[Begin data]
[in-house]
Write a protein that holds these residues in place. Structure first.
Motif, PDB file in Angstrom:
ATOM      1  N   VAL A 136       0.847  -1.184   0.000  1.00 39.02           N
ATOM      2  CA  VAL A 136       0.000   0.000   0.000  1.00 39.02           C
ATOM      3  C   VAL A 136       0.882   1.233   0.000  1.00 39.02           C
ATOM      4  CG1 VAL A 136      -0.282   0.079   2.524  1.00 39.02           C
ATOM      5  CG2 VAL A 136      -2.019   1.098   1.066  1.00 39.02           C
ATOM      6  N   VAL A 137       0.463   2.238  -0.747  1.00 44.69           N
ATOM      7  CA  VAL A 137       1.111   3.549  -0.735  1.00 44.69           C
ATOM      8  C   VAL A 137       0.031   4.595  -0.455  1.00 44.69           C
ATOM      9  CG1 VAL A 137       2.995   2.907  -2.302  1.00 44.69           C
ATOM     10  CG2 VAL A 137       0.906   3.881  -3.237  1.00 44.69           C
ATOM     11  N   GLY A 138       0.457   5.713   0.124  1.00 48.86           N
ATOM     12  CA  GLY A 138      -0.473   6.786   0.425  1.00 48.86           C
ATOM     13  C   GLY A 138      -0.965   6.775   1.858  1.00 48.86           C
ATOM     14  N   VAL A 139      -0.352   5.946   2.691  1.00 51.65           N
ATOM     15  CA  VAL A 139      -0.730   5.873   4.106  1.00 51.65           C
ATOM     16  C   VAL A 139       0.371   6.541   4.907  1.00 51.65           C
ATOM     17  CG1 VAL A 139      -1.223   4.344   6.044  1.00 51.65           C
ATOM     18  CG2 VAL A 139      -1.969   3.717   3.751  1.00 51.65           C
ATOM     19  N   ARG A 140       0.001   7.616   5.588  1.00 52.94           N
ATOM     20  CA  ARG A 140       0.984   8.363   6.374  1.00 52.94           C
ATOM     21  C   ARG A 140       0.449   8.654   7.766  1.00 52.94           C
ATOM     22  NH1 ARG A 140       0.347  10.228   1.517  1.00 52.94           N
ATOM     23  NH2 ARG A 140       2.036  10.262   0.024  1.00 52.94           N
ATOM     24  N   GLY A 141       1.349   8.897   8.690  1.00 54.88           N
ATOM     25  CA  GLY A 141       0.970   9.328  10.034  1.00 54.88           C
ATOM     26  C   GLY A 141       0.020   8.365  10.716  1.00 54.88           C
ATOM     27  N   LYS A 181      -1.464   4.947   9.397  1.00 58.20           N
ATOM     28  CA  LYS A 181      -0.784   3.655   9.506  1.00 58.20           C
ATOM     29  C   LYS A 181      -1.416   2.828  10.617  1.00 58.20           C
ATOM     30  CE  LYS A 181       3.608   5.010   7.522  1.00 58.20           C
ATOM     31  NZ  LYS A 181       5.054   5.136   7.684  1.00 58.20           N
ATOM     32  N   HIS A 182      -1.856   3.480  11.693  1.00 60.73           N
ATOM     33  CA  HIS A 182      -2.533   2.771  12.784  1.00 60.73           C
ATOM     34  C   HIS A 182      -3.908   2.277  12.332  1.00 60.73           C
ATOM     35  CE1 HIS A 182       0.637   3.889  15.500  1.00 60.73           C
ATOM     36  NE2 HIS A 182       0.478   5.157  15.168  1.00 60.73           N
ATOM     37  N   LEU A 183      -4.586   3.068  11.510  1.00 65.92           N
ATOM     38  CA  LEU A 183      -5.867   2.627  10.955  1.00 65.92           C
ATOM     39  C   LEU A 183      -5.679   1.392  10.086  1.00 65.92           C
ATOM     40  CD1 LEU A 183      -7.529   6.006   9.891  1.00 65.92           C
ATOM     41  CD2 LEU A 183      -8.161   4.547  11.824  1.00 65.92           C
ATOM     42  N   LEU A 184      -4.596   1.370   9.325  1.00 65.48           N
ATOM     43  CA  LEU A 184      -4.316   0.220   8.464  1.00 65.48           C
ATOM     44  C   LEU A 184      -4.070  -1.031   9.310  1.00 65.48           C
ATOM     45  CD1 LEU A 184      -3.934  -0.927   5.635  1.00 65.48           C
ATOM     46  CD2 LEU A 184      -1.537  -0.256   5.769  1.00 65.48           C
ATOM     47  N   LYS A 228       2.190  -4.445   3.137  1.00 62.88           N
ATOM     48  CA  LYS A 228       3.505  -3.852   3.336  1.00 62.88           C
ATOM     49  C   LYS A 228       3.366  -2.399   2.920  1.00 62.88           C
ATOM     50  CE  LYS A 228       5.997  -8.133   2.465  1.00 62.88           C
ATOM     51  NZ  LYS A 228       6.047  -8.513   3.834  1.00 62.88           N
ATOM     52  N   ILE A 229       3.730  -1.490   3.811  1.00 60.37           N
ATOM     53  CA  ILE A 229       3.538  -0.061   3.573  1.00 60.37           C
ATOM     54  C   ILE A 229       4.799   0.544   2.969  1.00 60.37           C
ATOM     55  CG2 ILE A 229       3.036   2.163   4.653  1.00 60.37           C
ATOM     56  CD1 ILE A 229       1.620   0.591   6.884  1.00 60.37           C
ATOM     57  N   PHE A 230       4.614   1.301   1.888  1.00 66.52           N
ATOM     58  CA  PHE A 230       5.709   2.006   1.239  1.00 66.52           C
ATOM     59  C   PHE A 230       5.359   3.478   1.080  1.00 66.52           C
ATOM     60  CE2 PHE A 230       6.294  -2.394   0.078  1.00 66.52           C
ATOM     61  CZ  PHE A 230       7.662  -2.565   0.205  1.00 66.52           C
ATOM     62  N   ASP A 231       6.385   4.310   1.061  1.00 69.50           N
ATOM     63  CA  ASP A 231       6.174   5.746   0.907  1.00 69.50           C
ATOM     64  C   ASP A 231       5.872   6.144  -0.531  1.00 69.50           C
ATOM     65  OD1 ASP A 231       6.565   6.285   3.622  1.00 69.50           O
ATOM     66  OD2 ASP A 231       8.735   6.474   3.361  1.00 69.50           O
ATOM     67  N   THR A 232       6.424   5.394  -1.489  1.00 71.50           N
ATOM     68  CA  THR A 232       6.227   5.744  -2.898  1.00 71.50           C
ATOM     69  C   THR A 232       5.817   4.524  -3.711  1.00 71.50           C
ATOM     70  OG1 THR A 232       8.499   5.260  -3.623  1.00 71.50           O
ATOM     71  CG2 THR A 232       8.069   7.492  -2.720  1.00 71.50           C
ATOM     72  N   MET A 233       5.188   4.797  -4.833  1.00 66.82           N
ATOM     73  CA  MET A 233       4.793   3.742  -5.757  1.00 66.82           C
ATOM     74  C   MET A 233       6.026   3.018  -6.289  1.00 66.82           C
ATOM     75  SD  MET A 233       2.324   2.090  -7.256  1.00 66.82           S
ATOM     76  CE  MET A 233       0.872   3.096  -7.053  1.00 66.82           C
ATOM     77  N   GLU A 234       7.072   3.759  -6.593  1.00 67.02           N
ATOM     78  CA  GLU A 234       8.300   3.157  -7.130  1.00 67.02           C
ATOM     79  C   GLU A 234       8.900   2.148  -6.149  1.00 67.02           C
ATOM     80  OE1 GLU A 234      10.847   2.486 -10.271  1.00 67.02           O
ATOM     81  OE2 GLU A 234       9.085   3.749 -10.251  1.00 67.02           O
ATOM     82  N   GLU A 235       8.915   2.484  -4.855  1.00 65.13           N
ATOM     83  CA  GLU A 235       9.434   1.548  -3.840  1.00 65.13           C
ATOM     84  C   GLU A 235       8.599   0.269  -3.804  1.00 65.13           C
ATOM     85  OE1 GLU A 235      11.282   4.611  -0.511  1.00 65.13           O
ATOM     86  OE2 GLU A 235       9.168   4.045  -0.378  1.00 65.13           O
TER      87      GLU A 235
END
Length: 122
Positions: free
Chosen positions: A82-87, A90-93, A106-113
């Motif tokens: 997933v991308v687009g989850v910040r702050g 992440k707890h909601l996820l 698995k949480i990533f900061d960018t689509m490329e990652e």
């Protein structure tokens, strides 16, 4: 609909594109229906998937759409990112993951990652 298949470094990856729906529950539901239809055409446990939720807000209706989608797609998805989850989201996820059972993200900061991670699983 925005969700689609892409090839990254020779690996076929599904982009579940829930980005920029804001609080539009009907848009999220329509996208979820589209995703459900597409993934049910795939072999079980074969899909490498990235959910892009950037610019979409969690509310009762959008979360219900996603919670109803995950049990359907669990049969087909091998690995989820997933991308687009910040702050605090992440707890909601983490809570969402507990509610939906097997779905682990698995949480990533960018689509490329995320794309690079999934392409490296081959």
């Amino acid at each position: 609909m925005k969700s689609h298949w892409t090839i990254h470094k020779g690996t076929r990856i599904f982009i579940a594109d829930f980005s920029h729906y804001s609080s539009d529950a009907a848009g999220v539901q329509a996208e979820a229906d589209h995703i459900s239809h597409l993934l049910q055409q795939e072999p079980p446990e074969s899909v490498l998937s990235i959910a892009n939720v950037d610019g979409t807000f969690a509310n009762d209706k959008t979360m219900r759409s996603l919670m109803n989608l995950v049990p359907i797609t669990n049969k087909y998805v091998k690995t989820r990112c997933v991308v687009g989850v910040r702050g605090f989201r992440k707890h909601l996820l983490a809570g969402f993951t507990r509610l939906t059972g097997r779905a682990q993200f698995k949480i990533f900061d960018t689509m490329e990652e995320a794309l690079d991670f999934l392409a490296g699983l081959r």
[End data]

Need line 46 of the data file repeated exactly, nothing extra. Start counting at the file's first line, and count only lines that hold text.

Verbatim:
ATOM     43  CA  LEU A 184      -4.316   0.220   8.464  1.00 65.48           C